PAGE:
Through Conversations: Episode #2 With Douglas Rushkoff

Photo credit: Queens College

Hey everyone! This episode was a very, very awesome experience. I had a lot of fun talking with Douglas Rushkoff. He has been named by MIT as one of the “world’s ten most influential intellectuals”. He is an author and documentarian, studying human autonomy in the digital age. He has published twenty books including the just-published Team Human, based on his podcast, as well as the bestsellers Present Shock, Throwing Rocks at the Google Bus, Program or Be Programmed, Life Inc, and Media Virus.

We had a great conversation, talking about his newest book Team Human, The Survival of The Richest, How much should a company be earning? Team Human at Sillicon Valley, how Darwin’s theory has been manipulated, and much more.

Before interviewing Douglas, I read Team Human and, among many things he wrote, for this blog I want to dive deep into one: the way I interact with technology. Specifically, with my phone and social media accounts.

Whenever I use Instagram, for example, it has become natural for me to expect likes with a picture I upload. When someone does like my post, it produces some sort of feeling, mostly related with expectation and excitement.

Why is it that I have created ‘if this, then that’ rules with my posts? Why is it that I have associated likes with rewards? Why do I have a sense of urgency to open the app just to see if someone has posted a picture? What Douglas explains in his book — among many other mind-blowing facts, is that the algorithms running social media platforms are being programmed to make me become addicted to them.

That’s right, they are being designed precisely for me to associate fuzzy feelings with the use of these applications, so I always return and use the app.

How in the world can they make me addicted to Instagram, using the example above? This could be explained through neuroscience: whenever I am notified that someone liked my post or someone uploaded a new picture, this in turn signals to my brain that I could potentially recieve a reward which, as a consequence, would trigger a positive emotion for me to pursue this likely benefit.

In other words, this feeling is actually a chemical being produced in my brain, called dopamine — which is highly addictive. This is because dopamine is a neurotransmitter that allows us to see potential rewards and also makes sure that we take action to capitalize on these possible “prizes”.

As Douglas puts it:

“That’s why persuasive technologies are not designed to influence us through logic or even emotional appeals. This isn’t advertising or sales, in the traditional sense, but more like wartime psy-ops, or the sort of psychological manipulation exercised in prisons, casinos, and shopping malls. Just as the architects of those environments use particular colors, soundtracks, or lighting cycles to stimulate desired behavior, the designers of web platforms and phone apps use carefully tested animations and sounds to provoke optimal emotional responses from users. Every component of a digital environment is tested for its ability to generate a particular reaction, be it more views, more purchases, or just more addiction. New mail is a happy sound; no mail is a sad one. The physical gesture of swiping to update a social media feed anchors and reinforces the compulsive urge to check in — just in case.”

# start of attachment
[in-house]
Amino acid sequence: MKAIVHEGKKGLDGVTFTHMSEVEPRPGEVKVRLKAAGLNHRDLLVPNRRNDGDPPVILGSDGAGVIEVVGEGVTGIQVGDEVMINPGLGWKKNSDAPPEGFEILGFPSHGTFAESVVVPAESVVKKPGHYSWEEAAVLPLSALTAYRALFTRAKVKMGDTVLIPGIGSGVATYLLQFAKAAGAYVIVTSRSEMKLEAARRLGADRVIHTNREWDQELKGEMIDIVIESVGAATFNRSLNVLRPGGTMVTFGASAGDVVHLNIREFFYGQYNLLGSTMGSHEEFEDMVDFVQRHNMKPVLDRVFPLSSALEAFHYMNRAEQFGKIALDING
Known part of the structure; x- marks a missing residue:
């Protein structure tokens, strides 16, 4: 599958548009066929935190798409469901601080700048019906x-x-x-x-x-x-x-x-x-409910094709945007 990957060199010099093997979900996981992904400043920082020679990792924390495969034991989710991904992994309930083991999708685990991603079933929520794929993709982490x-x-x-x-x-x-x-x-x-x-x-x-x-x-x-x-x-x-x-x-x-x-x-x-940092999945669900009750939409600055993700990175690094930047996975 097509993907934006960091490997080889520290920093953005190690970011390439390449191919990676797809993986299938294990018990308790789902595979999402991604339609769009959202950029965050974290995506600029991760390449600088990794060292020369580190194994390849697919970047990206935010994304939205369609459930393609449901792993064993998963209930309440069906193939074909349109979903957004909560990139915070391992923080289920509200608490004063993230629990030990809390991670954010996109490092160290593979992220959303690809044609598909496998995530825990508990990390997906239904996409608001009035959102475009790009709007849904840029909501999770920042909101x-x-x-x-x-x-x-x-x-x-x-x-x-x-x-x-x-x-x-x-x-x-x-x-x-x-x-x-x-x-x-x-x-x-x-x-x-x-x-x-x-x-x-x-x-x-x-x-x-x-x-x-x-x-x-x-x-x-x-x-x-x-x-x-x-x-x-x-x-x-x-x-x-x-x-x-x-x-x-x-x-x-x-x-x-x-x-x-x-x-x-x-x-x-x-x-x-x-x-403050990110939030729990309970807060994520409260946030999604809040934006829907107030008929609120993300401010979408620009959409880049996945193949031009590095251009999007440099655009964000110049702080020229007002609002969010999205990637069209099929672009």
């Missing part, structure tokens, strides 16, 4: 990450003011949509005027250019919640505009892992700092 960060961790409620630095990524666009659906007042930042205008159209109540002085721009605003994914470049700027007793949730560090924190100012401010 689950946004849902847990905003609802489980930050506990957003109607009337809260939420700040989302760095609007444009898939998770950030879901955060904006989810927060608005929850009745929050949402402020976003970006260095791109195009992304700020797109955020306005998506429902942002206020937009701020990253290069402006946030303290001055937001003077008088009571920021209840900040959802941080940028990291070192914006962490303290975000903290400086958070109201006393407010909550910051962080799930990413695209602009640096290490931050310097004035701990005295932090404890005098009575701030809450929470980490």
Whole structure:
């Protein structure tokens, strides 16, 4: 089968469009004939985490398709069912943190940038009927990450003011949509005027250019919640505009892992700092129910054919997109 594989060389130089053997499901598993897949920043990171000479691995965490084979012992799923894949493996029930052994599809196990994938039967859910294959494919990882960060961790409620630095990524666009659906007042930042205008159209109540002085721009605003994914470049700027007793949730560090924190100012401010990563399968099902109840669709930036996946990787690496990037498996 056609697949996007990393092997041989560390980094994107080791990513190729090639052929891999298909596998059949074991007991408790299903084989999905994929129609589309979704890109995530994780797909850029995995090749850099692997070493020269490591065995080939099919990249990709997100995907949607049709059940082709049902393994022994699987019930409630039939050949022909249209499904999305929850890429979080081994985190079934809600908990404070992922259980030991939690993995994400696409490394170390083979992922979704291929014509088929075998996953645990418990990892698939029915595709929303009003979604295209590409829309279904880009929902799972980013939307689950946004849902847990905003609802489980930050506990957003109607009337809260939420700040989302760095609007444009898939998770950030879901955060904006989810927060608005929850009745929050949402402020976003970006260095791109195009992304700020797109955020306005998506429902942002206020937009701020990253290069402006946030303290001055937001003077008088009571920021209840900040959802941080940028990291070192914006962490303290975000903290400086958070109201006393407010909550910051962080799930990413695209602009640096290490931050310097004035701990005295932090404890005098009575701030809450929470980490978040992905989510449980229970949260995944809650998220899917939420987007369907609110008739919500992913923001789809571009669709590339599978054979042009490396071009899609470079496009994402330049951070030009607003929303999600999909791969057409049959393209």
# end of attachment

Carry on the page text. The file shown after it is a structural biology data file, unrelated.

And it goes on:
Excerpt From: Douglas Rushkoff. “Team Human.”

In a much grander scale, what will happen with human interaction if we continue to use these applications, knowing how are they being programmed and how closely they relate to casino slot machines?

Moreover, are we going to be able to relate with the other even if it’s not through our social media platforms? Are we going to be capable of having a conversation with someone without the expectation of a reward, even though we are being programmed for it? Have we forgotten that the reward is the conversation itself? Will this have evolutionary consequences for our species related to socialization and communication? Will it affect the way we see others?

As you can see, this episode truly made me think profoundly about these issues and I believe it will do the same with you. Douglas will make you question a lot of things, as it did with me.

I encourage you to go subscribe to Team Human’s Podcast and read the book Team Human. Douglas will additionally be writing 5-minute excerpts from his newest book for the next 100 weeks on Medium, so be on the lookout for that.

For more info regarding Douglas and Team Human, refer to the links below:



Book: Team Human


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Curious, conscious and future-oriented. Currently studying Political Science. Producer of Through Conversations Podcast at